Monday, 8 June 2015

Random Reflections from Motorhome Living


Good morning from my campsite! I'm taking a cue from a lovely nurse that I used to work with who exudes positivity and often post pictures of stunning views from her home on Facebook. I don't speak in detail much about living in Klaus the Knaus, my motorhome, anymore. It's not that the novelty has worn off. There's still a sense of wonderment that I'm fortunate enough to do this but there doesn't seem much that's new to comment on.  The way that I ascribe meaning to my life by working in a field that makes a difference, cherishing my relationships, fostering creativity and bringing up a child to be happy and responsible goes on much the same as it would if I was living in a house.  However today I thought that I'd share a few of the thoughts that wouldn't have passed through the old noggin if I wasn't living the way I am.
  • Re: using the communal washing line.  I know that they were clean but getting hit in the face by someone else's knickers while pegging out my own washing seemed oh so wrong.
  • I get a kick out of the fact that unless, I tell them, people don't have an inkling that I live, in this unconventional way.  Even though my living accommodation is kooky there's an enormous amount of stability in the lives of me and Louis. I've recently come to an awareness of how important this is.
  • I am very territorial in the shower block.  The end cubicle in the ladies is mine all mine!  A modicum of narkiness comes into play when there's evidence that someone else has been in there and the floor is wet.  Heaven help the first person who's in there when I come to use it!
  • I feel really safe here. That's crucial.  Worrying thoughts went through my head when the groundsheet that I use to cover my recliner went missing.  Sure it's only a trivial item but even so.  It ignited doubts about whether I could trust those who lived around me. Happily the wind was the culprit.  I found that my missing piece of plastic had been blown into a nearby bush. Faith in humanity was thankfully restored.
  • The frosted glass on some static caravans really doesn't pass muster.  I suffered more than a modicum of distress after spotting naked fat man complete with dangly appendages in full view, presumably on the way to his bathroom one morning.  I hope to God that this display of nudity was accidental and not put on intentionally for my viewing pleasure.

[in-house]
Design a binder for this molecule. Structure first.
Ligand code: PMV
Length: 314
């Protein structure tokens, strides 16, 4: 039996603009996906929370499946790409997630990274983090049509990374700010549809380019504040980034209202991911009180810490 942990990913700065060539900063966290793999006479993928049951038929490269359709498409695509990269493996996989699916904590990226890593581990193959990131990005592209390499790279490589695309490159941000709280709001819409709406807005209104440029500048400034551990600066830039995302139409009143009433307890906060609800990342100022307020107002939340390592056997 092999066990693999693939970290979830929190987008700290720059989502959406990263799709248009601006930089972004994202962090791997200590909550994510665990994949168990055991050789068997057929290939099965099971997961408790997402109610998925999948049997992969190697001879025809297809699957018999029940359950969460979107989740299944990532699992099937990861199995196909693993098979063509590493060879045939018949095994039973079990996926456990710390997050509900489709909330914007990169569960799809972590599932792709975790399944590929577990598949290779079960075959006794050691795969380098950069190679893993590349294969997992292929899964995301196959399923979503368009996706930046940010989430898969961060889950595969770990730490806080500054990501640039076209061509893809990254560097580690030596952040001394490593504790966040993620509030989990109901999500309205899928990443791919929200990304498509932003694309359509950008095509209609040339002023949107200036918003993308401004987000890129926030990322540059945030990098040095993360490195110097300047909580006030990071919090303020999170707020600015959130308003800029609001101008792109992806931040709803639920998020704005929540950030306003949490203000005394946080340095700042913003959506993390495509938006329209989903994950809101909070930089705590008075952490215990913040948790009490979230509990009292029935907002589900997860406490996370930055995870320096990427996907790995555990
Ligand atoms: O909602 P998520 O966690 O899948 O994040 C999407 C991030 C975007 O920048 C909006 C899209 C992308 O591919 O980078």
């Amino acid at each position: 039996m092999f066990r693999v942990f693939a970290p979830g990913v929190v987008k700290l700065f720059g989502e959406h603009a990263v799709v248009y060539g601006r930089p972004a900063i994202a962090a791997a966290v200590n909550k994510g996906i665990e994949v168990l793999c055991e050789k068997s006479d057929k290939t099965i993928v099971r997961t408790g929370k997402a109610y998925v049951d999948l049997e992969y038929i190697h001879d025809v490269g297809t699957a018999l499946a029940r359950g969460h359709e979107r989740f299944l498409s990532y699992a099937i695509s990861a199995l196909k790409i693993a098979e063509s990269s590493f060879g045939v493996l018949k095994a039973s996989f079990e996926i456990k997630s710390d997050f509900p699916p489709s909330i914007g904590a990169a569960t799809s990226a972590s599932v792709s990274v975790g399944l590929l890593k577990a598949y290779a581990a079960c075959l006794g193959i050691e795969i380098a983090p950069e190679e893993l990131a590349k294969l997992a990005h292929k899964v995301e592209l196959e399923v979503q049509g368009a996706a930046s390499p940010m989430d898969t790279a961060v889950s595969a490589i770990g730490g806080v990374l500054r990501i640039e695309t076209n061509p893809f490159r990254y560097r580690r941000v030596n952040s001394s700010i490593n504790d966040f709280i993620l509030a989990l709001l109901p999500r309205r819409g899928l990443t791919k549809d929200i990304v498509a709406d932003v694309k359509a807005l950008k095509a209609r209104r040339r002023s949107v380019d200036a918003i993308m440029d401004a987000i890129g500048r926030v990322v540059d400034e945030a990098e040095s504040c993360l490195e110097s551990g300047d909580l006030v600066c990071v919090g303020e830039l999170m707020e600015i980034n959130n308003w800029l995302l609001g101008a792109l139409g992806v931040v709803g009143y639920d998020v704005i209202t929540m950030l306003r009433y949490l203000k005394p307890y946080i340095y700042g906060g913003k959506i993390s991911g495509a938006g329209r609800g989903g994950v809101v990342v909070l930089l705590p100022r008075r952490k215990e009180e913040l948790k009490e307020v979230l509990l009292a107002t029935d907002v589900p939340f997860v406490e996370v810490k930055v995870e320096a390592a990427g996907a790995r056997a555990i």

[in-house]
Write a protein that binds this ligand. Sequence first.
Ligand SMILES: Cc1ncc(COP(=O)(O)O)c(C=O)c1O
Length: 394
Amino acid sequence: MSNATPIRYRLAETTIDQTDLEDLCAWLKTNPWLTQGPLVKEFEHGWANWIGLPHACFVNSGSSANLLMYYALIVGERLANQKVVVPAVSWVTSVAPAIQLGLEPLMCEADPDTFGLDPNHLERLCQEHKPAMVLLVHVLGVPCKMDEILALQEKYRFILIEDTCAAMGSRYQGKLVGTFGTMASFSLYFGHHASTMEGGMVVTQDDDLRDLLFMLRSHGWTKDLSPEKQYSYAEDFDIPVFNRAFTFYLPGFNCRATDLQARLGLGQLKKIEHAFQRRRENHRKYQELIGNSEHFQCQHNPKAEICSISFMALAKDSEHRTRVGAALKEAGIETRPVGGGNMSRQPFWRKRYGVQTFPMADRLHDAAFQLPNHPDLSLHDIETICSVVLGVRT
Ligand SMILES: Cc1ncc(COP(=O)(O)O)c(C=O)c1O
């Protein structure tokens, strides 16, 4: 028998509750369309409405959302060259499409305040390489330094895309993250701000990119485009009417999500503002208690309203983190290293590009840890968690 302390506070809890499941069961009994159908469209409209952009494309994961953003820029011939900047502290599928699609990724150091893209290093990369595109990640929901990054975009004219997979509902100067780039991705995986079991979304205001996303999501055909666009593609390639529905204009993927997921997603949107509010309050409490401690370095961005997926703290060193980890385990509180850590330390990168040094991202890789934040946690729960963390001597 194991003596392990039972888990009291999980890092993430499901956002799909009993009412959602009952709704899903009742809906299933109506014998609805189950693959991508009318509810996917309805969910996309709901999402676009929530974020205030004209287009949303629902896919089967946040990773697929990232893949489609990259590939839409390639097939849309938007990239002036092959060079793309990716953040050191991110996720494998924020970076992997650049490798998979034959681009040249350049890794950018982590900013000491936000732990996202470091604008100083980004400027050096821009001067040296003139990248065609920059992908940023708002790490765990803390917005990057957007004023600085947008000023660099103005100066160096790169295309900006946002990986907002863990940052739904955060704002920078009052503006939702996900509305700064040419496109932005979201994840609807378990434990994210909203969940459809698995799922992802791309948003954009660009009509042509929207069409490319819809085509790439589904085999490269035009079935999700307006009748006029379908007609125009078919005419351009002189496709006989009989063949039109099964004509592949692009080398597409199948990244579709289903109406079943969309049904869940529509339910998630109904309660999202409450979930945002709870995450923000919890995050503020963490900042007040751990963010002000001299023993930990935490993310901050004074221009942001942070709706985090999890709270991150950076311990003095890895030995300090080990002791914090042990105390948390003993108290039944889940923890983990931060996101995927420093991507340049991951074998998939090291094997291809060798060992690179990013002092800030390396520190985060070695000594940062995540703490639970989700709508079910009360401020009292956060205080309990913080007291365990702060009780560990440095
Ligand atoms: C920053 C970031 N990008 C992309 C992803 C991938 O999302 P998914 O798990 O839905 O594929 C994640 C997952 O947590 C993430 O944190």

• It seems that all the rabbits in the world make a daily pilgrimage to our campsite. There's loads of them.  My favourite is the one with the white fur around his nose that sits on the grass at the back of our motorhome each morning.  I watch him as I drink my first cup of tea.
  • There's all sorts living' here and it's impossible to stereotype.  My nearest neighbours are a couple in a caravan saving for the deposit to buy their home.  He was formerly in the French Foreign Legion.  There's older people who have houses but who stay here almost permanently because they prefer a simple life in the country.  And there's a lot of contractors.  The new link road to Torquay is being built and lots of them are working on that. Judging by the amount of Guinness cans in the recycling bin, many of them are Irish.  
And as a final thought:  This isn't a way of life that I'm relishing giving up. I wish it could be permanent.   As my friend Joy acknowledged on holiday it really suits me.  Maybe the Romany blood of my ancestors is still coursing through my veins?  But for the reasons stated in an earlier post that relate to considering the imminent needs of Louis  I will be moving in a conventional home by the end of October. There are concepts in mindfulness theory around change.  Things, even the good stuff, must come to an end.

6 comments:

  1. My question has been answered by your final para. Life in a confined space must be very liberating for a while (I've always fancied a gypsy caravan), but must become quite restrictive after a few months. Even so, I rather envy your current life-style.

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    1. I could live like this for a very long time on my own. There is plenty of space for me alone. But I have to be realistic. Even though 12 year old Louis loves it at the moment he's probably not going to like being cooped up with his mother in a 6x2.5m open plan area for much longer. Not sure if it would work either if I was in a relationship. We'd have to have a motorhome each!

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  2. I totally relate to the shower cubicle thing! I have a blue badge and have a favourite disabled parking space outside Asda that is CLEARLY MINE. Why on earth would anyone else need to park there? It's a good job I don't drive a tank or the next person who parks there that doesn't have a blue badge would get it. (Mind you people who park in any disabled space who aren't entitled to it deserve for their car to be parked on by a tank, if you ask me!)

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  3. Great post. Guess which point made me laugh out loud, ha ha.

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    1. Toss up between the naked man and the knickers? x

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  4. I'm sure you will find lots in your new living arrangements to enjoy too. At least you will still have Klaus for shorter adventures. Sal

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